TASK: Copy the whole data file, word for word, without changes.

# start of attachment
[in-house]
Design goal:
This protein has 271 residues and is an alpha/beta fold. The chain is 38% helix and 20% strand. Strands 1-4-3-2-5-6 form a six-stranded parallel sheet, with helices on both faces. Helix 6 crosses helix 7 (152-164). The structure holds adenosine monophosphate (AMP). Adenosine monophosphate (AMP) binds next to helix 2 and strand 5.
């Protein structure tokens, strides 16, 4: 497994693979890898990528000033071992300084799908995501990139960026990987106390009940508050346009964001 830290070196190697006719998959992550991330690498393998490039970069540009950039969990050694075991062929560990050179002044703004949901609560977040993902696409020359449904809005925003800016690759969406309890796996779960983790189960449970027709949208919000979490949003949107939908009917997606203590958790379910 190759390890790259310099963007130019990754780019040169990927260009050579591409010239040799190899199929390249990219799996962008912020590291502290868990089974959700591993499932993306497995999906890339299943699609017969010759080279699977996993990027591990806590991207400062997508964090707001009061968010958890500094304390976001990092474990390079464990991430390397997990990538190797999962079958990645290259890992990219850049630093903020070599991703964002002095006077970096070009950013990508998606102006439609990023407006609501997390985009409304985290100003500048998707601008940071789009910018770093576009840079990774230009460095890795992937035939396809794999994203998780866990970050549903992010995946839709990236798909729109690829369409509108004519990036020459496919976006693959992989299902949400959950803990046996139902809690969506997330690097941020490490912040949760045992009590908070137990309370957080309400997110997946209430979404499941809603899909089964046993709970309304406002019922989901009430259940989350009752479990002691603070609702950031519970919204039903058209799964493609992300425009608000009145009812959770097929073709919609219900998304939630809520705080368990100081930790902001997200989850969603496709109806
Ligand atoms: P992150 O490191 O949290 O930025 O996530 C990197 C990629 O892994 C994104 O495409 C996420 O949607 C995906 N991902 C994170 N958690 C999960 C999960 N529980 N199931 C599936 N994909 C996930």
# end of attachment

[in-house]
Design goal:
This protein has 271 residues and is an alpha/beta fold. The chain is 38% helix and 20% strand. Strands 1-4-3-2-5-6 form a six-stranded parallel sheet, with helices on both faces. Helix 6 crosses helix 7 (152-164). The structure holds adenosine monophosphate (AMP). Adenosine monophosphate (AMP) binds next to helix 2 and strand 5.
């Protein structure tokens, strides 16, 4: 497994693979890898990528000033071992300084799908995501990139960026990987106390009940508050346009964001 830290070196190697006719998959992550991330690498393998490039970069540009950039969990050694075991062929560990050179002044703004949901609560977040993902696409020359449904809005925003800016690759969406309890796996779960983790189960449970027709949208919000979490949003949107939908009917997606203590958790379910 190759390890790259310099963007130019990754780019040169990927260009050579591409010239040799190899199929390249990219799996962008912020590291502290868990089974959700591993499932993306497995999906890339299943699609017969010759080279699977996993990027591990806590991207400062997508964090707001009061968010958890500094304390976001990092474990390079464990991430390397997990990538190797999962079958990645290259890992990219850049630093903020070599991703964002002095006077970096070009950013990508998606102006439609990023407006609501997390985009409304985290100003500048998707601008940071789009910018770093576009840079990774230009460095890795992937035939396809794999994203998780866990970050549903992010995946839709990236798909729109690829369409509108004519990036020459496919976006693959992989299902949400959950803990046996139902809690969506997330690097941020490490912040949760045992009590908070137990309370957080309400997110997946209430979404499941809603899909089964046993709970309304406002019922989901009430259940989350009752479990002691603070609702950031519970919204039903058209799964493609992300425009608000009145009812959770097929073709919609219900998304939630809520705080368990100081930790902001997200989850969603496709109806
Ligand atoms: P992150 O490191 O949290 O930025 O996530 C990197 C990629 O892994 C994104 O495409 C996420 O949607 C995906 N991902 C994170 N958690 C999960 C999960 N529980 N199931 C599936 N994909 C996930």